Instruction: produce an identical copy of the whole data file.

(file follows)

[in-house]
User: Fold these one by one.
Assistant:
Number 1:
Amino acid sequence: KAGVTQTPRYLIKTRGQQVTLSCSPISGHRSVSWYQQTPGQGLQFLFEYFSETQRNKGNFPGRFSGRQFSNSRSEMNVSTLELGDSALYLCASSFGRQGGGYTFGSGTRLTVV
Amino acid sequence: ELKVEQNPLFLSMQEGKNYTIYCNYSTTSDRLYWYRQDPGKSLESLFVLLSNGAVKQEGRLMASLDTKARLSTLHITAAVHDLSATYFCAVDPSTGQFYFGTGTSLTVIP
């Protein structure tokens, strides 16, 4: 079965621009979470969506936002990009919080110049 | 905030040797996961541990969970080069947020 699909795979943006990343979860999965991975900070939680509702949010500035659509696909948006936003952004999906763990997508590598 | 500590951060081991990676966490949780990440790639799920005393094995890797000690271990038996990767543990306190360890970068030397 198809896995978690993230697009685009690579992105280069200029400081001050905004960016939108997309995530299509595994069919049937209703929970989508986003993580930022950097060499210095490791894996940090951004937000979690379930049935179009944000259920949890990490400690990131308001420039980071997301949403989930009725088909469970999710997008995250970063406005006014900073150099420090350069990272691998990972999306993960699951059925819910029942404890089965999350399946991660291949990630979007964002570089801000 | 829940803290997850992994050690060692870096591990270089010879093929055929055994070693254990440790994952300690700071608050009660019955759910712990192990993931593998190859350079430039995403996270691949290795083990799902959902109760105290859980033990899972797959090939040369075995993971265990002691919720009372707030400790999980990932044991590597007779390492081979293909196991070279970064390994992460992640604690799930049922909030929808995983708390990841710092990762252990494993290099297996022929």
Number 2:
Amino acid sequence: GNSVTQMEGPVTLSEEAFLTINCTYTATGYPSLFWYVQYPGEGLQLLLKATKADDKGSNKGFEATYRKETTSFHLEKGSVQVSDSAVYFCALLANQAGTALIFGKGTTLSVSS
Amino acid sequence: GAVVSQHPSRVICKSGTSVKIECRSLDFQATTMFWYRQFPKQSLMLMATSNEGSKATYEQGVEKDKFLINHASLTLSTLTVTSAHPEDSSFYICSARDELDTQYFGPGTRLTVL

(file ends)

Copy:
[in-house]
User: Fold these one by one.
Assistant:
Number 1:
Amino acid sequence: KAGVTQTPRYLIKTRGQQVTLSCSPISGHRSVSWYQQTPGQGLQFLFEYFSETQRNKGNFPGRFSGRQFSNSRSEMNVSTLELGDSALYLCASSFGRQGGGYTFGSGTRLTVV
Amino acid sequence: ELKVEQNPLFLSMQEGKNYTIYCNYSTTSDRLYWYRQDPGKSLESLFVLLSNGAVKQEGRLMASLDTKARLSTLHITAAVHDLSATYFCAVDPSTGQFYFGTGTSLTVIP
């Protein structure tokens, strides 16, 4: 079965621009979470969506936002990009919080110049 | 905030040797996961541990969970080069947020 699909795979943006990343979860999965991975900070939680509702949010500035659509696909948006936003952004999906763990997508590598 | 500590951060081991990676966490949780990440790639799920005393094995890797000690271990038996990767543990306190360890970068030397 198809896995978690993230697009685009690579992105280069200029400081001050905004960016939108997309995530299509595994069919049937209703929970989508986003993580930022950097060499210095490791894996940090951004937000979690379930049935179009944000259920949890990490400690990131308001420039980071997301949403989930009725088909469970999710997008995250970063406005006014900073150099420090350069990272691998990972999306993960699951059925819910029942404890089965999350399946991660291949990630979007964002570089801000 | 829940803290997850992994050690060692870096591990270089010879093929055929055994070693254990440790994952300690700071608050009660019955759910712990192990993931593998190859350079430039995403996270691949290795083990799902959902109760105290859980033990899972797959090939040369075995993971265990002691919720009372707030400790999980990932044991590597007779390492081979293909196991070279970064390994992460992640604690799930049922909030929808995983708390990841710092990762252990494993290099297996022929």
Number 2:
Amino acid sequence: GNSVTQMEGPVTLSEEAFLTINCTYTATGYPSLFWYVQYPGEGLQLLLKATKADDKGSNKGFEATYRKETTSFHLEKGSVQVSDSAVYFCALLANQAGTALIFGKGTTLSVSS
Amino acid sequence: GAVVSQHPSRVICKSGTSVKIECRSLDFQATTMFWYRQFPKQSLMLMATSNEGSKATYEQGVEKDKFLINHASLTLSTLTVTSAHPEDSSFYICSARDELDTQYFGPGTRLTVL